As luck would have it, my father and I were standing upon the deck of the now nearly finished "Kittywich," when the boat came in, and M. Oudin having communicated to my father the nature of his hurt, my dad immediately gave orders for him to be taken to Gardner's Hotel, where we were staying, and hurrying for a doctor soon joined him there. The leg was set, and I spent the greater part of each day by the side of M. Oudin's bed, chatting and reading to him, and attending to his wants. During our conversation I happened to mention what a great treat I should consider it to be allowed to live on his island for a few months. Presently we went more fully into the "whys and wherefores" of the case, so that I quite began to imagine it might all come to pass as I wished, but the arrival of my father in the midst of our very pleasant conversation quite put a damper on the scheme.

"Bah! he would hear nothing of it; it was a mad fool's idea. No, no, think no more of such rubbish, my boy. Crusoe is all very well to read, but it's a poor look out to have to live Crusoe."

M. Oudin, seeing how my mind was bent upon the scheme, gave my father a day or two to simmer down, and then took him in hand quietly and practically.

"Now look here, Nilford," said M. Oudin, motioning my respected father to draw his chair nearer to the bed-side, "as you know, I must for the present, at all events, leave Jethou, for by my brother's death my presence is necessary in Paris. By his decease I become possessed of a fortune of upwards of 700,000 francs and a large business to boot. Now a business employing upwards of forty men will require my constant supervision, and it is therefore very unlikely that I shall ever return to Jethou, except perhaps for a very brief holiday.

"Now, during my enforced sojourn in this town, your son has shewn me every attention and kindness, and with your permission I will give him the whole of my interest in Jethou as a reward for his attention to me during my recovery. The island is Crown property, which I rent for a nominal sum, and as to the furniture, fixtures, and live stock they shall be his (by your permission) to do as he likes with."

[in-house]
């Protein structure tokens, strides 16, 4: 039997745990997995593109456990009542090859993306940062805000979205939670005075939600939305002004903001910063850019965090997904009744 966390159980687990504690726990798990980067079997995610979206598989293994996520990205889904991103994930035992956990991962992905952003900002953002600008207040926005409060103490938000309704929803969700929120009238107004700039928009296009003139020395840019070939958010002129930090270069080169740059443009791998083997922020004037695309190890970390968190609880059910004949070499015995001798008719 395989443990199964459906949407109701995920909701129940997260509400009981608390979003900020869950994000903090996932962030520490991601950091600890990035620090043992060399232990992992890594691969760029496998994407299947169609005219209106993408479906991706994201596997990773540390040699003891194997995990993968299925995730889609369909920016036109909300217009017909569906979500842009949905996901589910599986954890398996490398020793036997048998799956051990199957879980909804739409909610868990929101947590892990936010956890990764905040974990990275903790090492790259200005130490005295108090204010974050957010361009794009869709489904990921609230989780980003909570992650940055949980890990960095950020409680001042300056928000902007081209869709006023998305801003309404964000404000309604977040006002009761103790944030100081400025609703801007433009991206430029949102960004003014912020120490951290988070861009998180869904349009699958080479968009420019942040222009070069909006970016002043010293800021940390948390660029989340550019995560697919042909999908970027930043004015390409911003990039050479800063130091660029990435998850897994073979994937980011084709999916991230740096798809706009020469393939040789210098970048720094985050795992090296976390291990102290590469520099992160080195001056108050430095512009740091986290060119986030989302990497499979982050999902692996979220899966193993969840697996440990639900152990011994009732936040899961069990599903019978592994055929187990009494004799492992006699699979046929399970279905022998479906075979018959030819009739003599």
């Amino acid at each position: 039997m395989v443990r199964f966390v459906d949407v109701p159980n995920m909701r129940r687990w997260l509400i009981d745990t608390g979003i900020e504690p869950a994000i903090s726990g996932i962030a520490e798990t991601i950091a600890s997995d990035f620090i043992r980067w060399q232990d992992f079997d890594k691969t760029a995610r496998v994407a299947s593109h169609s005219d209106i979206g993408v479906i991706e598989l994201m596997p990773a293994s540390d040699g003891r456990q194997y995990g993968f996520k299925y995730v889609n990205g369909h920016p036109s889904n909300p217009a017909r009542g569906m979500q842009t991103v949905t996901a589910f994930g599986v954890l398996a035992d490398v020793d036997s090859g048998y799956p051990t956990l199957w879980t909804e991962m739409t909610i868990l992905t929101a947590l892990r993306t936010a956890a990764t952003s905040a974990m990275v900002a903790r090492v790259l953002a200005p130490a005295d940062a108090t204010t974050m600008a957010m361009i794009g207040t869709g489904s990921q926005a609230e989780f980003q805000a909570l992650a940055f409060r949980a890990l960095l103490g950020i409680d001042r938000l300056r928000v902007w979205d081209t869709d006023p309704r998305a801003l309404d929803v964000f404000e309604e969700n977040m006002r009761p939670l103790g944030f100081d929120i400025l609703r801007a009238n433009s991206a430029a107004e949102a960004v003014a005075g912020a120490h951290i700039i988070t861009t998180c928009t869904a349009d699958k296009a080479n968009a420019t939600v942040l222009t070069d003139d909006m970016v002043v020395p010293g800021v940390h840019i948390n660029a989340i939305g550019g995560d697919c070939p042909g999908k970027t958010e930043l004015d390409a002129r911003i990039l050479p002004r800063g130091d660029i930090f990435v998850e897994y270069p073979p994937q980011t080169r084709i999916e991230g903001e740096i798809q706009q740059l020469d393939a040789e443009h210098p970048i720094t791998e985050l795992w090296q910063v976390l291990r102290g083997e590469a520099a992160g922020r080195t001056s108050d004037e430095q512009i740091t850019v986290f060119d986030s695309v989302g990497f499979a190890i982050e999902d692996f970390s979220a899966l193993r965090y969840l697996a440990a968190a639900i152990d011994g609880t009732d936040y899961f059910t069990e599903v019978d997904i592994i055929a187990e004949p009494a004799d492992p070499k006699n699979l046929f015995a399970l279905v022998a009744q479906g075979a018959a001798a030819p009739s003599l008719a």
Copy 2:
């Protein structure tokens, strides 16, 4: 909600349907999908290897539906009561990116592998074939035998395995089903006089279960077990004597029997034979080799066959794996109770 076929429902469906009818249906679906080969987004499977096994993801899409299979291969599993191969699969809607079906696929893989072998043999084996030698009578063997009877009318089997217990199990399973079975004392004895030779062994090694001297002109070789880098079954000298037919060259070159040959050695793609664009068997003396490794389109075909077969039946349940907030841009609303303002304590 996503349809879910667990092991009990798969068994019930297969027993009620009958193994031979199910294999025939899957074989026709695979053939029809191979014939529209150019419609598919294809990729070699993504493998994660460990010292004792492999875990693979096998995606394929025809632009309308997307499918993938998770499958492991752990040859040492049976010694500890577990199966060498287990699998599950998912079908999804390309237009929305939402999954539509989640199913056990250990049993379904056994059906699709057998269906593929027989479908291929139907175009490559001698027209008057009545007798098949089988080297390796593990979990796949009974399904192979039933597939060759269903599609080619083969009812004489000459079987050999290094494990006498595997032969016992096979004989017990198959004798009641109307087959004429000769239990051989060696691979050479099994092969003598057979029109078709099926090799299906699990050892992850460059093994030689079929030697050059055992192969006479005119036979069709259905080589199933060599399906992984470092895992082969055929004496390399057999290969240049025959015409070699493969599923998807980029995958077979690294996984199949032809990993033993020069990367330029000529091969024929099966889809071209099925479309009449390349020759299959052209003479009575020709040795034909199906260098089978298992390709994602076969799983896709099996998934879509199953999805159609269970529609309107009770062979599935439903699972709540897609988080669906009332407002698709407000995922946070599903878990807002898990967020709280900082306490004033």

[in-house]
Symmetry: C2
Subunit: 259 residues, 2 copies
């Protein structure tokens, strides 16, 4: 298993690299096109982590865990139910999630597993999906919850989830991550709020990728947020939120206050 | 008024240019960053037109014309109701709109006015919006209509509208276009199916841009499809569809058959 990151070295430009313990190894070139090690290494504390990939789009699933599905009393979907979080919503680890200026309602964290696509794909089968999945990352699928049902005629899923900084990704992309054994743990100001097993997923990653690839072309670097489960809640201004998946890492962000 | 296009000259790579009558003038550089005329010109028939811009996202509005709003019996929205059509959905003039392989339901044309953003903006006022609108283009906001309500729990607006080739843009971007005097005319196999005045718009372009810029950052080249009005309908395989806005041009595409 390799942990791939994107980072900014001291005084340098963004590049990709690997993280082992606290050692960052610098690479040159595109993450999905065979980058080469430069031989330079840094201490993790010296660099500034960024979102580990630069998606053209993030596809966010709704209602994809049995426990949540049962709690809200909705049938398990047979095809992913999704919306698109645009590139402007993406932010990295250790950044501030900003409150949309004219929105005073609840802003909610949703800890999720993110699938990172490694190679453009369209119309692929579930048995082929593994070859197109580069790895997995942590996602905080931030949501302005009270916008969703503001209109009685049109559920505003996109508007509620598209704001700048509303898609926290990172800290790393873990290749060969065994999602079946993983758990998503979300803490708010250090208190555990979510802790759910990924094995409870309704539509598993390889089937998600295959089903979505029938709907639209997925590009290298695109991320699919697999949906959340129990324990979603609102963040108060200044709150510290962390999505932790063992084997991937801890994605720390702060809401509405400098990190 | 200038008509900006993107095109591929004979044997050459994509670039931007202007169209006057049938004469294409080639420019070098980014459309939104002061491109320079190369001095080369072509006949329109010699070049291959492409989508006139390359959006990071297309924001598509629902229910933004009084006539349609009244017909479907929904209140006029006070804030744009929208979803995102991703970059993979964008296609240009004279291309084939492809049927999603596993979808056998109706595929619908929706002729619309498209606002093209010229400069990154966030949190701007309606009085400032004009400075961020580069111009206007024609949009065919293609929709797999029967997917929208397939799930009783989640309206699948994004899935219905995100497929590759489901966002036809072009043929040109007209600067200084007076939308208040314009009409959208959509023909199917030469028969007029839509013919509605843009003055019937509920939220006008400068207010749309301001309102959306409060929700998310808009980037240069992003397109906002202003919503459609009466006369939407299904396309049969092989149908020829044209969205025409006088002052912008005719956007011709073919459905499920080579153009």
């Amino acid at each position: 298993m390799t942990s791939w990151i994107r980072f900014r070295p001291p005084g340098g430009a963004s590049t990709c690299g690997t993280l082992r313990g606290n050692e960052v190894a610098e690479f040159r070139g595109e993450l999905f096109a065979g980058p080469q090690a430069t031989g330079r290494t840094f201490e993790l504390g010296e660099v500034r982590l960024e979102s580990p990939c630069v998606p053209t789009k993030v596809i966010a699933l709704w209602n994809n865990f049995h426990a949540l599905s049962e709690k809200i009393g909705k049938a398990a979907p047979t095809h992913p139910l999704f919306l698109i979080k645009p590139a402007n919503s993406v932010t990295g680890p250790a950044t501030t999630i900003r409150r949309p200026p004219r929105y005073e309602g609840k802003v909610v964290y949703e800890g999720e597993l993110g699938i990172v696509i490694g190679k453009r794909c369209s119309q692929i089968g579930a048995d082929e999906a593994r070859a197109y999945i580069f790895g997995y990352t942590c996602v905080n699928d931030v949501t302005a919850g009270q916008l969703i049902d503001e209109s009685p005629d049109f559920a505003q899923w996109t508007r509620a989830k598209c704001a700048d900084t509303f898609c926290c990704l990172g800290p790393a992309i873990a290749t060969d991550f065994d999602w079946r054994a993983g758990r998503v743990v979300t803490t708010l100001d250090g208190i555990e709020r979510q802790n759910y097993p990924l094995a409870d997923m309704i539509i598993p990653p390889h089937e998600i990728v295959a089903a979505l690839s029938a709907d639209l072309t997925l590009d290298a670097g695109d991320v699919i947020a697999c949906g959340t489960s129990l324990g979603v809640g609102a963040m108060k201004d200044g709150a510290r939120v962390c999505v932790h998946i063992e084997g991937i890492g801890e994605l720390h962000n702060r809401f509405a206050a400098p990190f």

My father made a wry face at this, while I, who sat speechless, could feel my heart bounding against my ribs for very joy. Alas! my father negatived the whole thing. "It was not to be thought of; it could not be carried out by a youngster like me; I should perhaps die without assistance reaching me; I might starve," and a score more obstacles were mentioned. By and bye, however, with my earnest persuasion, backed up by M. Oudin's quiet but forcible manner, my dad melted so far as to ask for a couple of days for consideration.

Oh! those two days, would they never pass? Yes, they rolled by at last, and once more we were seated in M. Oudin's room.

"Well, Nilford, what is your decision? I trust it is a favourable one for the lad, for I am sure he would thoroughly enjoy the life; but if not, why in case he grew 'mammy sick,' he could return home. But the lad is of the right metal, and I'll warrant would see twelve months out without getting weary of the life. Come now, Nilford, give me your hand, and boy let go."

By the way, my name is Harry Nilford, which I do not think I have mentioned before.

Then came a long verbal tug of war between these two good men, in which I could discern that my father's refusal was solely based upon his love for me and his apprehension for my safety. The tug of words, like a tug of war at an athletic meeting, was a long one, first one gained an advantage only to lose it to his opponent directly after; then the opponent would get in a strong verbal tug, and nearly draw his man over the line; but at length my father, with great reluctance, conceded a point, a great point in fact, one which virtually settled the contest.